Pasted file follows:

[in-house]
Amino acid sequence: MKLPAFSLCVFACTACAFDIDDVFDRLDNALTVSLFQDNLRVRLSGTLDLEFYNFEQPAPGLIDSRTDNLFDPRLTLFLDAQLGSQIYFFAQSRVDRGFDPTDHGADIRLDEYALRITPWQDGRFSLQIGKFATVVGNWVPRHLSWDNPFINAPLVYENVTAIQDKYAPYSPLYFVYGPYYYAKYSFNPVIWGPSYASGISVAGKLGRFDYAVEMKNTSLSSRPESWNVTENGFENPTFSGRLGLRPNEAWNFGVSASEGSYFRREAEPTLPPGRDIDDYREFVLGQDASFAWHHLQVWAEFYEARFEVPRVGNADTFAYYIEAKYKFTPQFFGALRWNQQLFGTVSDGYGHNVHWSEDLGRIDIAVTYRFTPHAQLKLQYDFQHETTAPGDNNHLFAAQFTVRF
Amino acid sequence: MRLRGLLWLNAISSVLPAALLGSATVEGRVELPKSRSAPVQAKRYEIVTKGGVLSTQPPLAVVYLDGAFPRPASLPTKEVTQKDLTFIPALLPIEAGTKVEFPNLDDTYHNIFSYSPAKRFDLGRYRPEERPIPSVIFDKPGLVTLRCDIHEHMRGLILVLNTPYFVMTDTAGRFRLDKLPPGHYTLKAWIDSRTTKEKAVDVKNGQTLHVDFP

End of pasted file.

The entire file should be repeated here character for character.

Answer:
[in-house]
Amino acid sequence: MKLPAFSLCVFACTACAFDIDDVFDRLDNALTVSLFQDNLRVRLSGTLDLEFYNFEQPAPGLIDSRTDNLFDPRLTLFLDAQLGSQIYFFAQSRVDRGFDPTDHGADIRLDEYALRITPWQDGRFSLQIGKFATVVGNWVPRHLSWDNPFINAPLVYENVTAIQDKYAPYSPLYFVYGPYYYAKYSFNPVIWGPSYASGISVAGKLGRFDYAVEMKNTSLSSRPESWNVTENGFENPTFSGRLGLRPNEAWNFGVSASEGSYFRREAEPTLPPGRDIDDYREFVLGQDASFAWHHLQVWAEFYEARFEVPRVGNADTFAYYIEAKYKFTPQFFGALRWNQQLFGTVSDGYGHNVHWSEDLGRIDIAVTYRFTPHAQLKLQYDFQHETTAPGDNNHLFAAQFTVRF
Amino acid sequence: MRLRGLLWLNAISSVLPAALLGSATVEGRVELPKSRSAPVQAKRYEIVTKGGVLSTQPPLAVVYLDGAFPRPASLPTKEVTQKDLTFIPALLPIEAGTKVEFPNLDDTYHNIFSYSPAKRFDLGRYRPEERPIPSVIFDKPGLVTLRCDIHEHMRGLILVLNTPYFVMTDTAGRFRLDKLPPGHYTLKAWIDSRTTKEKAVDVKNGQTLHVDFP